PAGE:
Forgotten Historical Sites In Memphis
Memphis is an old city that has served as a stage for many world changing people and events. The most well known, is probably Elvis Presley. However, there are other amazing people with stories as phenomenal as Elvis', but yet are struggling to survive in his larger than life shadow, that hangs over the history of Memphis.
Memphis' first inhabitants were Native American Indians who lived along the Mississippi River for 10,000 years along the wooded river bluffs. These Indians came to be known as Mound builders, for the massive mounds they built that now overlook the Mississippi River by DeSoto Park, named after the explorer Hernando DeSoto. These mounds are worth visiting, in that you're observing a part of a culture and life that has long since been forgotten.
Memphis' four original town squares are a stern reminder of its Southern history, named Exchange, Market, Auction, and Court, because of the West Africans that were captured, exploited, and used as slaves in the early days. The ghosts of the slave trade days still hang heavy over these squares, making it an interesting but maybe slightly depressing place to visit.
General Washburn Alley
In 1864, during the struggles between the North and South, Memphis became a very desirable location for troops and their supplies. Confederate leader Nathan Bedford Forrest led 2,000 cavalry troops to Memphis. Forrest's brothers rode into town early one morning and nearly captured three Union generals, one being General Washburn who fled in his nightshirt up the now General Washburn Alley - named for his narrow escape. Take a stroll down General Washburn Alley, located in downtown Memphis, and picture the happenings of that night in 1864.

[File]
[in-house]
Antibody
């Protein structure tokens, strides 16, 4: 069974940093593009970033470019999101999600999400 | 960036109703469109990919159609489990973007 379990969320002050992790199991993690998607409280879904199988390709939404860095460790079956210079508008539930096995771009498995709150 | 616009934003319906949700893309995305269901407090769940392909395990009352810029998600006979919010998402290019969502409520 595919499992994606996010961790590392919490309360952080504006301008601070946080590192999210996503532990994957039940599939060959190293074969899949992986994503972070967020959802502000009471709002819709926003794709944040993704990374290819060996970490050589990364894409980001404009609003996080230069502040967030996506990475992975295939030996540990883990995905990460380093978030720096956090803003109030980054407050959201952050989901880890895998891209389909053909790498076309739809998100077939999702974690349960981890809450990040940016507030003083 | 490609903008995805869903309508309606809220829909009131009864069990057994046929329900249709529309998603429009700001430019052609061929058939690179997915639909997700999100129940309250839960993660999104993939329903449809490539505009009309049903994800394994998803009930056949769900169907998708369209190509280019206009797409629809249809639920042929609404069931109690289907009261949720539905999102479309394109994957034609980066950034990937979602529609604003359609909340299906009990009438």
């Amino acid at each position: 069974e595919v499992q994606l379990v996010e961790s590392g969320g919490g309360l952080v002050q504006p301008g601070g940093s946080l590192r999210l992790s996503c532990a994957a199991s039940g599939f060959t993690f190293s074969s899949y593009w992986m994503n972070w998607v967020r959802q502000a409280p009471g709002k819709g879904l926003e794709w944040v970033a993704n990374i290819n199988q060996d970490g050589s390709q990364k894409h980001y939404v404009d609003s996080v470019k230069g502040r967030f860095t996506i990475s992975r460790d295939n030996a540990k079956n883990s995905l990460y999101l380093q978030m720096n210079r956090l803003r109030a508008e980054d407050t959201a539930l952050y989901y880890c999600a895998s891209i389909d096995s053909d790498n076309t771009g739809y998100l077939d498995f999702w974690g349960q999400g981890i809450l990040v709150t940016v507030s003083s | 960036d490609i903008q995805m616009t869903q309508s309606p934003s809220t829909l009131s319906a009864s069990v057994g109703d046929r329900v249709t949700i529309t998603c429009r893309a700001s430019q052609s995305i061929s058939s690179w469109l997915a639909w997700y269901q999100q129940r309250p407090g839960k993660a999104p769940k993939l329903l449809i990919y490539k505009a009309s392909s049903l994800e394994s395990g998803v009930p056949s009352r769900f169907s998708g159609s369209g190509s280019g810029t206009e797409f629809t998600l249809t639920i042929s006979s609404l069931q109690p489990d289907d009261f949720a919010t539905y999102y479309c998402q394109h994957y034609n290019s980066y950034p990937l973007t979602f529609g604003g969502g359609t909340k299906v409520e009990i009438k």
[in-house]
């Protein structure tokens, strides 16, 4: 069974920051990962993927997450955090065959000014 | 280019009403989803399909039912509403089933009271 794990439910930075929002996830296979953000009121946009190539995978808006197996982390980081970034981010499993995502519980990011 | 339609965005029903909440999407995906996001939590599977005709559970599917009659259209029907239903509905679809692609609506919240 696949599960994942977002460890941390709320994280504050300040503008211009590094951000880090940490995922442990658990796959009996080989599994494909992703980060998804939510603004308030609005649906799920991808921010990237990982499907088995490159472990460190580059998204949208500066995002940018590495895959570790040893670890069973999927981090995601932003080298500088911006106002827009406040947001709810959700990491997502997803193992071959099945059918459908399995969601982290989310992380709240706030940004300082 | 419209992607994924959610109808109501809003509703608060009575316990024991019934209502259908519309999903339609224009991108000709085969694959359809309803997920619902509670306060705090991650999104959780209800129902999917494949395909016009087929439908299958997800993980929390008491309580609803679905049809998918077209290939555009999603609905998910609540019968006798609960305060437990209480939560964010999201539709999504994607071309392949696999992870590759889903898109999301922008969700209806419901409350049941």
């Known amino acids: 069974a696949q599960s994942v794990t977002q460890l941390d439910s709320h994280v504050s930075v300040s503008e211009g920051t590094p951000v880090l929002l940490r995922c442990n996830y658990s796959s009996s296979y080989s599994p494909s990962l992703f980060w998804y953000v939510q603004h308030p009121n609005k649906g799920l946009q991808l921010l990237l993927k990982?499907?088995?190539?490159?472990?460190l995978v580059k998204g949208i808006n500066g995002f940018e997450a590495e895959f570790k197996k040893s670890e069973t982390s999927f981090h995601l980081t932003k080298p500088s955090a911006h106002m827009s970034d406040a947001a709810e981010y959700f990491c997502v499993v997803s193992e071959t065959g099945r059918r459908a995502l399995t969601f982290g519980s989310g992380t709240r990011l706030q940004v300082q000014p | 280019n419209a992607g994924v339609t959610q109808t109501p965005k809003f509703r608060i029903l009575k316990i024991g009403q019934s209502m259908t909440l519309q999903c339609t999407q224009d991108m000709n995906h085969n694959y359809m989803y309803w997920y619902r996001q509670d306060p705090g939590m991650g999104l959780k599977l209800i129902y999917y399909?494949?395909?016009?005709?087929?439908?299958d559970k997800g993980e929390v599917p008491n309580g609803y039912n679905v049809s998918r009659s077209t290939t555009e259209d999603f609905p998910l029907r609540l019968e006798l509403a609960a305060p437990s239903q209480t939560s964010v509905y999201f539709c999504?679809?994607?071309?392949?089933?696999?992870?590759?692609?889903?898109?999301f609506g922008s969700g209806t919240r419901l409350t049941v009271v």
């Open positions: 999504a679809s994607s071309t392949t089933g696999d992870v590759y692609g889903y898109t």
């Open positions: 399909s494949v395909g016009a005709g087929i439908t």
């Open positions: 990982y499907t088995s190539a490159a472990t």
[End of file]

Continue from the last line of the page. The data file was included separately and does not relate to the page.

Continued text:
A three-day riot in 1866 between townspeople and Confederate troops resulted in the deaths of nearly 50 people, mostly former slaves, hundreds were wounded and multiple schools and businesses were burned. The riot began near Fort Pickering, this property is now the home to the Metals Museum, just south of the Memphis Bridge. History just seeps from the dirt on these battlegrounds.
Memphis' riverside park is known as Tom Lee Park. Tom Lee is known as 'Memphis' Greatest Hero'. In 1952, this man single-handedly rescued 32 people from drowning when a steamer sank. While this is an amazing feat in itself, what makes it more amazing is Tom Lee didn't know how to swim. The Park isn't exactly a historical site, but named after such an amazing man, it would be worth it to just drive by.
The list of Memphis' historical sites is a mile long, most have been long forgotten in all the glitz and glamour of the city, today. If you look hard close enough, and try hard enough, there are hidden historical treasures all over the city of Memphis.